By Carol Levine, AARP

Creating a safe and comfortable environment is only one factor in staying in your home. Many older adults need at least some help at home. Some people need just a little assistance with transportation and shopping, for example, while others need a lot of help with personal care such as bathing and dressing. People with complex chronic conditions usually need help with managing medications, operating medical equipment, monitoring symptoms, and similar tasks. In the following sections, I help you consider whether family members can provide those important services or whether you need to consider hiring trained professionals.

Allocating tasks to family

At least 80 percent of assistance at home is provided by unpaid family members. A first step for providing help at home is to allocate tasks to family members and/or friends. Talk to them to find out who’s available and willing to help and what limitations they have. If several cooperative family members are involved, the tasks can be divided. One person may be able to spend several afternoons a week shopping and preparing meals, while another can manage medications and doctor visits. A friend may be able to pick up prescriptions from the pharmacy or drive to religious services.

Drawing a CareMap will give you a snapshot of all the people in your life who can help and the services they can provide. Don’t forget to add the friends who say, “Just call me if you need help.” When given a specific task, they may be quite happy to help.

When you arrange a plan for allocated tasks, make (or have someone help you make) a master list of family helpers, their phone numbers, their tasks, and the schedule. Put the list in an easy-to-find place, such as on the refrigerator, to help the person being assisted remember who is coming when. Also be sure to distribute the list to family and helpers so everyone knows what tasks are being taken care of.

Community-based agencies such as volunteer groups, social-service agencies, and faith-based groups have services that are often helpful. These arrangements can be complicated, but if everyone is willing to be flexible, the necessary tasks can be accomplished.

Searching for services

When family members and friends can’t provide all the help that is needed, paid home health or companion services provided by agencies or hired privately can fill the gaps. One factor in your decision to stay in your home may be the availability — and affordability — of these services. Home care comes in many varieties and from many different sources.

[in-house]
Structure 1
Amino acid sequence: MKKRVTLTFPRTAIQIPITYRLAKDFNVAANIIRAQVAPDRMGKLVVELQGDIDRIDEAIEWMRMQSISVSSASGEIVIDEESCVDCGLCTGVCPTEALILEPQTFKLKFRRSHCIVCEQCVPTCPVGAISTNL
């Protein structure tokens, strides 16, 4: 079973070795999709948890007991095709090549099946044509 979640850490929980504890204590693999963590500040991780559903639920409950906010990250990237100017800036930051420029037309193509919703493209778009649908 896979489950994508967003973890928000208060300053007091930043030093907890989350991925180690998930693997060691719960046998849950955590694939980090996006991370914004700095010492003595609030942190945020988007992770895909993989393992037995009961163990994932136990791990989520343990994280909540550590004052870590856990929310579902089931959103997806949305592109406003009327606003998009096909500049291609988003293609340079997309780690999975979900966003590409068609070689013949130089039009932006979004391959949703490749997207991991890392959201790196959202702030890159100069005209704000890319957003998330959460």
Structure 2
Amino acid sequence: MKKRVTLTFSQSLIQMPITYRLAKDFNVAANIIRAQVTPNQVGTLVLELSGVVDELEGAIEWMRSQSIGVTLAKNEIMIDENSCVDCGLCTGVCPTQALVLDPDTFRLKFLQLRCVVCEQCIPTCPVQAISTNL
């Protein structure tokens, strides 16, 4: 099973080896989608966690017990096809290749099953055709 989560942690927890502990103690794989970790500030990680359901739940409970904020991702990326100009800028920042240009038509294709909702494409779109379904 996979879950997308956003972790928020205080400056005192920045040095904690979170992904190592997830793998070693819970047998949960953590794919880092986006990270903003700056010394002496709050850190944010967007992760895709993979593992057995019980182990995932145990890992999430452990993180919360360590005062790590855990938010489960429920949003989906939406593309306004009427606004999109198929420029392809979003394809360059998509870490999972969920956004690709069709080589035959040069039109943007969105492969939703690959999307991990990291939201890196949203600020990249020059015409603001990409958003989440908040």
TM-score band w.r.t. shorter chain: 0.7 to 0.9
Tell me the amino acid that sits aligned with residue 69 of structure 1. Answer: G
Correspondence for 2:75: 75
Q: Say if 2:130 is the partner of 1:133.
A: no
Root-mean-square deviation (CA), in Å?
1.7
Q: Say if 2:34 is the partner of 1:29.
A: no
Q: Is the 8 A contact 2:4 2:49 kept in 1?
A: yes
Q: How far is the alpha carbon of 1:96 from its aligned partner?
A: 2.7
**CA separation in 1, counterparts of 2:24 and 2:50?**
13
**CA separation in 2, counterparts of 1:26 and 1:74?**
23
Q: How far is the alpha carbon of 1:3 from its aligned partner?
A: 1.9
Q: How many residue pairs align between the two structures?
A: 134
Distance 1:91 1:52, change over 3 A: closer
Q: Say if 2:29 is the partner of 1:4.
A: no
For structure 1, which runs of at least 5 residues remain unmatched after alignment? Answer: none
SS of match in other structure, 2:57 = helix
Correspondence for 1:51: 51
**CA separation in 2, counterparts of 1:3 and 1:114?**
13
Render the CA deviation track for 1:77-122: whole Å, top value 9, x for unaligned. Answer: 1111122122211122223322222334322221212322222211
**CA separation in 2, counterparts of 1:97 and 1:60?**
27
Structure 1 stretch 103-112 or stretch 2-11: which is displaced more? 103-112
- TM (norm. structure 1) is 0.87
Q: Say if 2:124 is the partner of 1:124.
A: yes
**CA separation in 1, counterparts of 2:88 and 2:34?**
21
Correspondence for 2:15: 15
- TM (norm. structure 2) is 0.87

Medicare (Original Medicare and Medicare Advantage plans), Medicaid, private health insurance, and long-term care insurance have their own rules and criteria for providing services. Some people are covered by more than one policy. Here are a few key points to remember:

  • Medicare home healthcare is intended to be part-time or intermittent (not constant). The goal, according to Medicare, “is to provide treatment for an illness or injury.” The Medicare home health benefit “pays for you to get certain healthcare services in your home if you meet certain eligibility criteria and if the services are considered reasonable and necessary for the treatment of your illness or injury.”

To be eligible for this benefit, you must have a need for skilled nursing — that is, the kind of care provided by a nurse or physical therapist. Personal care provided by an aide is included only when this need exists.

  • Medicaid for low-income people provides long-term home healthcare, including aide services, but eligibility and availability vary by state. Many states have created Medicaid Managed Long-Term Care plans (MMLTC), which are implemented by private companies.
  • Private employer-based insurance generally follows Medicare rules.
  • Home care services are generally available through long-term care insurance but vary by policy, and there may be waiting periods and other limitations.
  • Hiring workers privately is also an option that gives you more flexibility but also more responsibility.

Having reliable, competent, and friendly home care workers can make a big difference in someone’s ability to age in place, but working out a suitable arrangement takes time and effort — and often money.